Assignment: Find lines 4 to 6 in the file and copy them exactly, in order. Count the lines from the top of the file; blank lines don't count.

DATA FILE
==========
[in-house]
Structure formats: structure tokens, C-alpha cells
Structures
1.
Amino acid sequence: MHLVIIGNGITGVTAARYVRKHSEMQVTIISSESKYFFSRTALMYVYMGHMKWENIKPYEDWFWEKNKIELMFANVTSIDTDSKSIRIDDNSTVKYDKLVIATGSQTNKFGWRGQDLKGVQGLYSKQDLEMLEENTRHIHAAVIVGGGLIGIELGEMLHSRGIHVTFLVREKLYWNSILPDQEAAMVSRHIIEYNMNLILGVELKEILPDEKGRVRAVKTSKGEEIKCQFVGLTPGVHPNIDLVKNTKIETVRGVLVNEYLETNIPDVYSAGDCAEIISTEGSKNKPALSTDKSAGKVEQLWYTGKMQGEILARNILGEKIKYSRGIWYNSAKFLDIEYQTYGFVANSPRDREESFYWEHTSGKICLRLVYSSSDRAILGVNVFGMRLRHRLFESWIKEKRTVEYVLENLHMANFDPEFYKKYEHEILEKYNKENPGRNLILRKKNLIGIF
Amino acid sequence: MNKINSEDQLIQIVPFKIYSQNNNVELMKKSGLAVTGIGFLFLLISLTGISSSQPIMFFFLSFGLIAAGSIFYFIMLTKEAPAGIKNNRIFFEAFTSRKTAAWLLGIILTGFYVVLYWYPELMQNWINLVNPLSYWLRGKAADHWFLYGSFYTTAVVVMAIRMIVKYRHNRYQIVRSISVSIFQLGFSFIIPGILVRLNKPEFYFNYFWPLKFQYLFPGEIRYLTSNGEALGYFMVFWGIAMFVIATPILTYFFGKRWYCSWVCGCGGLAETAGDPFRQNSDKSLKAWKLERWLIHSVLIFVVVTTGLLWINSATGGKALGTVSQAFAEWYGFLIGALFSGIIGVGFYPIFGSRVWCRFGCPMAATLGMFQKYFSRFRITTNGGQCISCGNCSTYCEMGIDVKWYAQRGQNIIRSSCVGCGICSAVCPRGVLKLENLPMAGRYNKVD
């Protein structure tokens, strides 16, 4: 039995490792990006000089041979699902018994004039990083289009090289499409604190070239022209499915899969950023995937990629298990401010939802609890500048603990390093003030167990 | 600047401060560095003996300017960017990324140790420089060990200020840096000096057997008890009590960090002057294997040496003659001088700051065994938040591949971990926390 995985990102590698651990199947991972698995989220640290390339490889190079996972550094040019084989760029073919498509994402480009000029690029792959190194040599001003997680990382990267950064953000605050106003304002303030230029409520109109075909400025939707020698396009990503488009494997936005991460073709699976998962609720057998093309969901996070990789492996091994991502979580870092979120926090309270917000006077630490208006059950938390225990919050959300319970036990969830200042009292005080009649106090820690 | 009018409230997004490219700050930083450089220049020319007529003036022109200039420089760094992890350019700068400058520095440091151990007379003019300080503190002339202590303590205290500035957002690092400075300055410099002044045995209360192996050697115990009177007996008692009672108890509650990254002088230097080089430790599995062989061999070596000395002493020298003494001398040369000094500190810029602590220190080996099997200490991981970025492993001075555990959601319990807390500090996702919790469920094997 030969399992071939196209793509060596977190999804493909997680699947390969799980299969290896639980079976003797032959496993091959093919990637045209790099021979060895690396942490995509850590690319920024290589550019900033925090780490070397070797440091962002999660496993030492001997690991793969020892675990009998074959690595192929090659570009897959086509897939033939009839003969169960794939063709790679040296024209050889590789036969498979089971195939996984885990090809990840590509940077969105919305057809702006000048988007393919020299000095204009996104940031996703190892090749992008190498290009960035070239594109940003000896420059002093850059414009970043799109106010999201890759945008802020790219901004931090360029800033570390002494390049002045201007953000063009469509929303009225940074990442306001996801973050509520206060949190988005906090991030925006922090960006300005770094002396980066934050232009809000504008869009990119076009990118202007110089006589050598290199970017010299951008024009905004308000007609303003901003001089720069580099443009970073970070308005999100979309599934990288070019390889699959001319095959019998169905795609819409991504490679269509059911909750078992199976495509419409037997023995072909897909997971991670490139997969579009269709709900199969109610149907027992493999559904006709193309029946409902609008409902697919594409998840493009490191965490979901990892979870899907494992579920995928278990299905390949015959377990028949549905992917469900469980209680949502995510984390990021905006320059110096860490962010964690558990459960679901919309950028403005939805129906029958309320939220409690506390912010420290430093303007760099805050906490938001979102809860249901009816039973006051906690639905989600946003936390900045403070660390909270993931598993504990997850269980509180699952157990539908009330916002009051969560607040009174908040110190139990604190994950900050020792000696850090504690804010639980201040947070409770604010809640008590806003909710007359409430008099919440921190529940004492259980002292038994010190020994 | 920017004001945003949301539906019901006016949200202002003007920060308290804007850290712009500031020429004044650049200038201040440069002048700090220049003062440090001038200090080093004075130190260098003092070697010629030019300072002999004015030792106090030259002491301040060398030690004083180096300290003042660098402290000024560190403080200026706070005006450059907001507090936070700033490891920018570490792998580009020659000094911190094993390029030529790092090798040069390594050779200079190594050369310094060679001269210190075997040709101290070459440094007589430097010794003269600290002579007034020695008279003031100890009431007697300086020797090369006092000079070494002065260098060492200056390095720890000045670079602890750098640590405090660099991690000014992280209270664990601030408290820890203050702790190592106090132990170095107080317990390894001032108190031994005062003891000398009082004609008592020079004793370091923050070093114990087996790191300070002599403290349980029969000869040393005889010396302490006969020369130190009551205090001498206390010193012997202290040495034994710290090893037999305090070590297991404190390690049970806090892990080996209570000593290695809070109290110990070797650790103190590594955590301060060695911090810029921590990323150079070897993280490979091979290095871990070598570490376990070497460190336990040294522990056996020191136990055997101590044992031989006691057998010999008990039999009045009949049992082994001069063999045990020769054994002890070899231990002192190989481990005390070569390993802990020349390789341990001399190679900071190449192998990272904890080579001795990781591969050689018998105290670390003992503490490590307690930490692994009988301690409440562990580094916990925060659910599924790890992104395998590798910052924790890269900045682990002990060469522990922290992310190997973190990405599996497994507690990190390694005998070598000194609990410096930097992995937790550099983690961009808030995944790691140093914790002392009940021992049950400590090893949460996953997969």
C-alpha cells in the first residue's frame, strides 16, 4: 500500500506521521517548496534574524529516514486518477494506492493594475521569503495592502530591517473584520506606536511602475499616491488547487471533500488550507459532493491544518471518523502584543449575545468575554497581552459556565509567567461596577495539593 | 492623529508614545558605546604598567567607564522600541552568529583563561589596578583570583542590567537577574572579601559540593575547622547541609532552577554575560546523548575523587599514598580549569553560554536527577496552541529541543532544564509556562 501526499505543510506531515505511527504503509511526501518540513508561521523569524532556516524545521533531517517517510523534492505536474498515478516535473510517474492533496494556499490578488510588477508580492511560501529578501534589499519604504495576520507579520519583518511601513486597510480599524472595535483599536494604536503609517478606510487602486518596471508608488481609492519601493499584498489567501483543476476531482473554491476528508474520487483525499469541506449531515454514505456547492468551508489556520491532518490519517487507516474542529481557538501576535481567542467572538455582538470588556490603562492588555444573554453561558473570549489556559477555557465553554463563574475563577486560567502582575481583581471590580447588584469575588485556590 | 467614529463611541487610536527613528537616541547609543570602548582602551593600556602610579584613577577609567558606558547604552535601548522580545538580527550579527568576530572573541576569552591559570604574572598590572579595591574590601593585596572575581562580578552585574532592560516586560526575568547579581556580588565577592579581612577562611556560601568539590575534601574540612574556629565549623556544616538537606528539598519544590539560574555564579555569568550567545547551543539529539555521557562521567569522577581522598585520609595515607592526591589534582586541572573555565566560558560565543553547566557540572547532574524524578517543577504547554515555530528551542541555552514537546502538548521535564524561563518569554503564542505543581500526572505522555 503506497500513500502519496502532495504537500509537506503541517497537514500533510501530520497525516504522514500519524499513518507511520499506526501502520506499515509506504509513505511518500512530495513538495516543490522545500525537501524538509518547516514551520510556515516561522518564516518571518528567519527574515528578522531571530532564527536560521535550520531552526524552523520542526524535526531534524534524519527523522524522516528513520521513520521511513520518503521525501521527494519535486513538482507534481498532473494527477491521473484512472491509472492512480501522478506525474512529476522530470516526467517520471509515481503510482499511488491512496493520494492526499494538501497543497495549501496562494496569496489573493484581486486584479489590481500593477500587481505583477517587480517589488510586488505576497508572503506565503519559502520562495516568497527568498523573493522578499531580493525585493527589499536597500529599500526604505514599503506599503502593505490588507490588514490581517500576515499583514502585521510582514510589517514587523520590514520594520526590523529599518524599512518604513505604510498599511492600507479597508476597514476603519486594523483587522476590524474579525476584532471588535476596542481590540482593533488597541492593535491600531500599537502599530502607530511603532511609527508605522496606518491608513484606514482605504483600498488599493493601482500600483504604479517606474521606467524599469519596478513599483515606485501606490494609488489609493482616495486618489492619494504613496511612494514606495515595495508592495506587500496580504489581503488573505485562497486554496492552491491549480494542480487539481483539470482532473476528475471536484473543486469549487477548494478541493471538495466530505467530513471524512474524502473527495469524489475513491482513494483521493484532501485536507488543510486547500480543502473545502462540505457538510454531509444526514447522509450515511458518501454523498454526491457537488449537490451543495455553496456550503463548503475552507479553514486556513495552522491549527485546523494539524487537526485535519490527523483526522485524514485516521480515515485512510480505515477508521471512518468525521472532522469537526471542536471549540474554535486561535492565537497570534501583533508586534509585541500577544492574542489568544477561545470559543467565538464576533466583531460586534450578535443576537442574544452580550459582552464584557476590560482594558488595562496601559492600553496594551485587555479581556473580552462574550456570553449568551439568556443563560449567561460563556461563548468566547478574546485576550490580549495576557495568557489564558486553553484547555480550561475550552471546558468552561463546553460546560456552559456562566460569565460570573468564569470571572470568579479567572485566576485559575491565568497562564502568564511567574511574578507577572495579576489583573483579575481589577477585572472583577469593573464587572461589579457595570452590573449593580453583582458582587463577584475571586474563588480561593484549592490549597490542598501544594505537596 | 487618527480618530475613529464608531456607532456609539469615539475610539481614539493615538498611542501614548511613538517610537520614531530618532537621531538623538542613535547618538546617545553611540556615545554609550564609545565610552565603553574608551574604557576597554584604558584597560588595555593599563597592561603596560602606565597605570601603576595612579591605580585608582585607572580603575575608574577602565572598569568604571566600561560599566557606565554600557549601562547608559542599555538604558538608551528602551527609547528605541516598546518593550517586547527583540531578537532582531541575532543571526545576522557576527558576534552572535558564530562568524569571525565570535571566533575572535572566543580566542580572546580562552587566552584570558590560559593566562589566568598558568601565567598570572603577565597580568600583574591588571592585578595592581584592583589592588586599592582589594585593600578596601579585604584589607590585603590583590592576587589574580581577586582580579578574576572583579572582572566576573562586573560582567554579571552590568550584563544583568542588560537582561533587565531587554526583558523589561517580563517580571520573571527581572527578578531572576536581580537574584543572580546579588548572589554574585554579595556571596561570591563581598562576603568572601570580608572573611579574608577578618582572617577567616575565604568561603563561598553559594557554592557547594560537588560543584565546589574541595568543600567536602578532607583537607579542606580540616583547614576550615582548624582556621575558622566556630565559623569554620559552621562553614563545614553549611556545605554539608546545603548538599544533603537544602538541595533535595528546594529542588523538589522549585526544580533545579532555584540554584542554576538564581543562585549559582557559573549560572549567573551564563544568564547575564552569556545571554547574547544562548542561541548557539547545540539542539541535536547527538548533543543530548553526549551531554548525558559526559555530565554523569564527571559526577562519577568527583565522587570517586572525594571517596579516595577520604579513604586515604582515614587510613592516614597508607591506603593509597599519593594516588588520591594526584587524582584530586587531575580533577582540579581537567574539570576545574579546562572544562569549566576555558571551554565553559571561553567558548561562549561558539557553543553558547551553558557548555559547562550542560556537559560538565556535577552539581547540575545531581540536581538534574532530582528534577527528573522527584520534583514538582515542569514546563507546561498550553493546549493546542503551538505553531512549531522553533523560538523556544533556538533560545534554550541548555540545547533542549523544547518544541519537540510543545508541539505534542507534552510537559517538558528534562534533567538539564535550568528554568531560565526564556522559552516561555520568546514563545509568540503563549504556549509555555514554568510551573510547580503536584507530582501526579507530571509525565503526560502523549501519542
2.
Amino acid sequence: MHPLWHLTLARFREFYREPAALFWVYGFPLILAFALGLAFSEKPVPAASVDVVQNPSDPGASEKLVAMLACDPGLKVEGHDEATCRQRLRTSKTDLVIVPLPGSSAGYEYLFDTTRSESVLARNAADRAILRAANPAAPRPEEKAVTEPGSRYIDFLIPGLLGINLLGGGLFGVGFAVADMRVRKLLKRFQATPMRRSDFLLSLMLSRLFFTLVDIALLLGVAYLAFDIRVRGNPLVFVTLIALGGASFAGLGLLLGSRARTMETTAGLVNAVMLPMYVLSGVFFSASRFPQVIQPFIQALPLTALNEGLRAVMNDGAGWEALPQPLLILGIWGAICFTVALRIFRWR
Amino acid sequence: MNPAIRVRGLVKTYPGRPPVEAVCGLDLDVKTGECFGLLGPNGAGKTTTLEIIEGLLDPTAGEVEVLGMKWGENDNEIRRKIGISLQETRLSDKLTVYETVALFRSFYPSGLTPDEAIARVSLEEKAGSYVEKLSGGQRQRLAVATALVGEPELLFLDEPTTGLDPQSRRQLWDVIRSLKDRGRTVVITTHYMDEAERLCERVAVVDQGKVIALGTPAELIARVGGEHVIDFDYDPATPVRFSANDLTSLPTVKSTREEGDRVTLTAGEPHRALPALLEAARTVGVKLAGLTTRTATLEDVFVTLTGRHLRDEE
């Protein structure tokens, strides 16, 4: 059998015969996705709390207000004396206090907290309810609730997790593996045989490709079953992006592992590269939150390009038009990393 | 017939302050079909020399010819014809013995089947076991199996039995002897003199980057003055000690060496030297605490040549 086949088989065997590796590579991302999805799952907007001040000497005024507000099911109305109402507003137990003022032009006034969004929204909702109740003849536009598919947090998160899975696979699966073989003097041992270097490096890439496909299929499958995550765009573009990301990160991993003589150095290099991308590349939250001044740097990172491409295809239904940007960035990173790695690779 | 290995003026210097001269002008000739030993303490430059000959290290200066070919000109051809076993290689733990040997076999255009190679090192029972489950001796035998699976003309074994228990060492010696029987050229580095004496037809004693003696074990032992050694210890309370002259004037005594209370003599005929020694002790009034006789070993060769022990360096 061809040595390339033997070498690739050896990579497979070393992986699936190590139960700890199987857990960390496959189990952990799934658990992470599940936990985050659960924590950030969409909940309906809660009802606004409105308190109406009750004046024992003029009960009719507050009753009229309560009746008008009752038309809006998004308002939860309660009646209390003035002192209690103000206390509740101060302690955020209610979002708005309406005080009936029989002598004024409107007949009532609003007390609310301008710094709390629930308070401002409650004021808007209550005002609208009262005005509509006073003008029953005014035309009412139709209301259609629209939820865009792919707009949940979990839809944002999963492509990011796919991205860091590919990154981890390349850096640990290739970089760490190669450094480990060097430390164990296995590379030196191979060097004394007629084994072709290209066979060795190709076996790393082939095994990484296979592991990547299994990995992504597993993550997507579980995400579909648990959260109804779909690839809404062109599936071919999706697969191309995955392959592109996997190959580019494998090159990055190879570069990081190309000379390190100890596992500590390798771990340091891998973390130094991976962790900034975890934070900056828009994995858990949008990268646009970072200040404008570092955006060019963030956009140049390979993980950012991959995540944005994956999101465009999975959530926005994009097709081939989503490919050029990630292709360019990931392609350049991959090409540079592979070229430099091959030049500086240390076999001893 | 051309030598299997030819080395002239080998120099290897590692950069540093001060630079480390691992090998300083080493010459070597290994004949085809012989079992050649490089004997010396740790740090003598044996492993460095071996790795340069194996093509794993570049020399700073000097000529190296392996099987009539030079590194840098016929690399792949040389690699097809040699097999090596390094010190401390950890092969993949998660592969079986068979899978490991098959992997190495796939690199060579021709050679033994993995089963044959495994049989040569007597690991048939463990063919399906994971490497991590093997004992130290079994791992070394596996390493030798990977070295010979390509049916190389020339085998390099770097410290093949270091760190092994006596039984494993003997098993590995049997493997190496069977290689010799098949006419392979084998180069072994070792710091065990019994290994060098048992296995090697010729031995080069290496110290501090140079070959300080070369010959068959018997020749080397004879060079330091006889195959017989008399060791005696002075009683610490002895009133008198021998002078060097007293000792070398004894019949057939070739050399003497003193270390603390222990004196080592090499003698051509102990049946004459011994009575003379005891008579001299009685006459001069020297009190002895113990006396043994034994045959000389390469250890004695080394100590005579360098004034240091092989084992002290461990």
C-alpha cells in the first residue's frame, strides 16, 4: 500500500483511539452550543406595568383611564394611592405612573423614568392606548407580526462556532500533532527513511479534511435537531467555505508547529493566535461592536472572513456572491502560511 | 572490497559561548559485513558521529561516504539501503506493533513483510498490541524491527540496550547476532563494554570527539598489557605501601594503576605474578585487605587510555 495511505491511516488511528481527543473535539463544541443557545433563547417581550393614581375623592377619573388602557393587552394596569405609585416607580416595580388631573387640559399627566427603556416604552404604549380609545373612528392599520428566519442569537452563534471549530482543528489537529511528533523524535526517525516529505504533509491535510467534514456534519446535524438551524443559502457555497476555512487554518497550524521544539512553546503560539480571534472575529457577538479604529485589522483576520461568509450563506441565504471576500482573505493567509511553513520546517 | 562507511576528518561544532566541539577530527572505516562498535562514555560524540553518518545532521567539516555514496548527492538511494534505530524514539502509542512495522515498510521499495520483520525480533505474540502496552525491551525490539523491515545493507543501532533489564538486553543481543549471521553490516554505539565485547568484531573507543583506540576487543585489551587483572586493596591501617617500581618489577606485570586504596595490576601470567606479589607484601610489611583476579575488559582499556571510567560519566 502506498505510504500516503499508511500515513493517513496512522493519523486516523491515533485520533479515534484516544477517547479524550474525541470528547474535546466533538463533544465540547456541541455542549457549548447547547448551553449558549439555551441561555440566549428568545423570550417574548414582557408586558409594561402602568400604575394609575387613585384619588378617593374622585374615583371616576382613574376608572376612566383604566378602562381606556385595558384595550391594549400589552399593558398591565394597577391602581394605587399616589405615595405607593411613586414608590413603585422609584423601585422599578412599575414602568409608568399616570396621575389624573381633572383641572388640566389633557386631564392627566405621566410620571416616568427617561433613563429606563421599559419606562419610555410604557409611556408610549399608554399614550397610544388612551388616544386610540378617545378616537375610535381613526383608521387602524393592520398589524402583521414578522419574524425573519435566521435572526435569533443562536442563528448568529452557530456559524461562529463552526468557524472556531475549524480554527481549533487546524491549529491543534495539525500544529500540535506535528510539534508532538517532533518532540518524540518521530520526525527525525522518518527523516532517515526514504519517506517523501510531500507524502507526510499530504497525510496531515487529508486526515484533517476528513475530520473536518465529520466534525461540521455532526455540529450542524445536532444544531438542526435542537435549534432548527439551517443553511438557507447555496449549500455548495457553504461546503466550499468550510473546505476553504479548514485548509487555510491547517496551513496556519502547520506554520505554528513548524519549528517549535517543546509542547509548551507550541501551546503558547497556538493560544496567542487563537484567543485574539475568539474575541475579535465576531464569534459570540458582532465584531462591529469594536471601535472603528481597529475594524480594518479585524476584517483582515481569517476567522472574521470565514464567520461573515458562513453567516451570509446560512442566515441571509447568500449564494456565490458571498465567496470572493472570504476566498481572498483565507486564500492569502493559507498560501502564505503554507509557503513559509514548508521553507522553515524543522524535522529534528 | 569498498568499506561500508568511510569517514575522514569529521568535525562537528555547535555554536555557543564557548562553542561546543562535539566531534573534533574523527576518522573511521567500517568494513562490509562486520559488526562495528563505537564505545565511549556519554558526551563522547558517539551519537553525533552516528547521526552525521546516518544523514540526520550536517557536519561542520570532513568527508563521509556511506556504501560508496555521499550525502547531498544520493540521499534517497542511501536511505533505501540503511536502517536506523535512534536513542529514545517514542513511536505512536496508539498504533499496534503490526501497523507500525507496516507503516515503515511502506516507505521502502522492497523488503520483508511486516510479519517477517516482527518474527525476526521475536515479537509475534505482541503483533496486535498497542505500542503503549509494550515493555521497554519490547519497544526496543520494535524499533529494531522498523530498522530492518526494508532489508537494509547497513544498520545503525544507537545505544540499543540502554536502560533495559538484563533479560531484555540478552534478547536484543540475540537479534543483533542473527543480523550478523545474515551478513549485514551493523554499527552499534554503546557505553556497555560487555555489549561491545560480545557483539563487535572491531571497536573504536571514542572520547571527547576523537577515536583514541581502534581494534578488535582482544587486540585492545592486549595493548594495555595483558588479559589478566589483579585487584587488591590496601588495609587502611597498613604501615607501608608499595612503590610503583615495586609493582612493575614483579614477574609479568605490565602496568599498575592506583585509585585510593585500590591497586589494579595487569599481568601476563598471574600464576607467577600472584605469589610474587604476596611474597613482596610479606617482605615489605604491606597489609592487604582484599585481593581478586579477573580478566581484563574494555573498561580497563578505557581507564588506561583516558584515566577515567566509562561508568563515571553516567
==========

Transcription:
1.
Amino acid sequence: MHLVIIGNGITGVTAARYVRKHSEMQVTIISSESKYFFSRTALMYVYMGHMKWENIKPYEDWFWEKNKIELMFANVTSIDTDSKSIRIDDNSTVKYDKLVIATGSQTNKFGWRGQDLKGVQGLYSKQDLEMLEENTRHIHAAVIVGGGLIGIELGEMLHSRGIHVTFLVREKLYWNSILPDQEAAMVSRHIIEYNMNLILGVELKEILPDEKGRVRAVKTSKGEEIKCQFVGLTPGVHPNIDLVKNTKIETVRGVLVNEYLETNIPDVYSAGDCAEIISTEGSKNKPALSTDKSAGKVEQLWYTGKMQGEILARNILGEKIKYSRGIWYNSAKFLDIEYQTYGFVANSPRDREESFYWEHTSGKICLRLVYSSSDRAILGVNVFGMRLRHRLFESWIKEKRTVEYVLENLHMANFDPEFYKKYEHEILEKYNKENPGRNLILRKKNLIGIF
Amino acid sequence: MNKINSEDQLIQIVPFKIYSQNNNVELMKKSGLAVTGIGFLFLLISLTGISSSQPIMFFFLSFGLIAAGSIFYFIMLTKEAPAGIKNNRIFFEAFTSRKTAAWLLGIILTGFYVVLYWYPELMQNWINLVNPLSYWLRGKAADHWFLYGSFYTTAVVVMAIRMIVKYRHNRYQIVRSISVSIFQLGFSFIIPGILVRLNKPEFYFNYFWPLKFQYLFPGEIRYLTSNGEALGYFMVFWGIAMFVIATPILTYFFGKRWYCSWVCGCGGLAETAGDPFRQNSDKSLKAWKLERWLIHSVLIFVVVTTGLLWINSATGGKALGTVSQAFAEWYGFLIGALFSGIIGVGFYPIFGSRVWCRFGCPMAATLGMFQKYFSRFRITTNGGQCISCGNCSTYCEMGIDVKWYAQRGQNIIRSSCVGCGICSAVCPRGVLKLENLPMAGRYNKVD